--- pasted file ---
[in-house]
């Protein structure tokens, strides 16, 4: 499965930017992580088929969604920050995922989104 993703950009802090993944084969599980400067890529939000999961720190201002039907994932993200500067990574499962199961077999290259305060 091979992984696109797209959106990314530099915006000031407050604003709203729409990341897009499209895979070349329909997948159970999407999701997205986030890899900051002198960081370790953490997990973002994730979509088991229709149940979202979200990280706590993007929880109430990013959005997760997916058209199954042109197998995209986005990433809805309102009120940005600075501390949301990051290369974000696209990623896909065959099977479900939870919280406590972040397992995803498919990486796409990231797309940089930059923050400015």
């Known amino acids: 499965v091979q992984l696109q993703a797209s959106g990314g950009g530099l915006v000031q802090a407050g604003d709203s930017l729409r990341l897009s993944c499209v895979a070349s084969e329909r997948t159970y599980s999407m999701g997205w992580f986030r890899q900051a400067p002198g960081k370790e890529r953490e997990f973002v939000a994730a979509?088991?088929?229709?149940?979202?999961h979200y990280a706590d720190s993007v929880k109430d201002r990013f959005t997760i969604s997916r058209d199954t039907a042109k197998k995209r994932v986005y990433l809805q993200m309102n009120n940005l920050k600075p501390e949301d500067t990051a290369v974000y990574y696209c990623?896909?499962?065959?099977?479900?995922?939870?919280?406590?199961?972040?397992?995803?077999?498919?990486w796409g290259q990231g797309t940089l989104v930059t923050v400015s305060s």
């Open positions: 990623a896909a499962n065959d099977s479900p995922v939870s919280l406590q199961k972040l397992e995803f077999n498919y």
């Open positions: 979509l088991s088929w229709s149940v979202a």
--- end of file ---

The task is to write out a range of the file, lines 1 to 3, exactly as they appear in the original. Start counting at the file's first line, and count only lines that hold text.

[in-house]
């Protein structure tokens, strides 16, 4: 499965930017992580088929969604920050995922989104 993703950009802090993944084969599980400067890529939000999961720190201002039907994932993200500067990574499962199961077999290259305060 091979992984696109797209959106990314530099915006000031407050604003709203729409990341897009499209895979070349329909997948159970999407999701997205986030890899900051002198960081370790953490997990973002994730979509088991229709149940979202979200990280706590993007929880109430990013959005997760997916058209199954042109197998995209986005990433809805309102009120940005600075501390949301990051290369974000696209990623896909065959099977479900939870919280406590972040397992995803498919990486796409990231797309940089930059923050400015």
């Known amino acids: 499965v091979q992984l696109q993703a797209s959106g990314g950009g530099l915006v000031q802090a407050g604003d709203s930017l729409r990341l897009s993944c499209v895979a070349s084969e329909r997948t159970y599980s999407m999701g997205w992580f986030r890899q900051a400067p002198g960081k370790e890529r953490e997990f973002v939000a994730a979509?088991?088929?229709?149940?979202?999961h979200y990280a706590d720190s993007v929880k109430d201002r990013f959005t997760i969604s997916r058209d199954t039907a042109k197998k995209r994932v986005y990433l809805q993200m309102n009120n940005l920050k600075p501390e949301d500067t990051a290369v974000y990574y696209c990623?896909?499962?065959?099977?479900?995922?939870?919280?406590?199961?972040?397992?995803?077999?498919?990486w796409g290259q990231g797309t940089l989104v930059t923050v400015s305060s």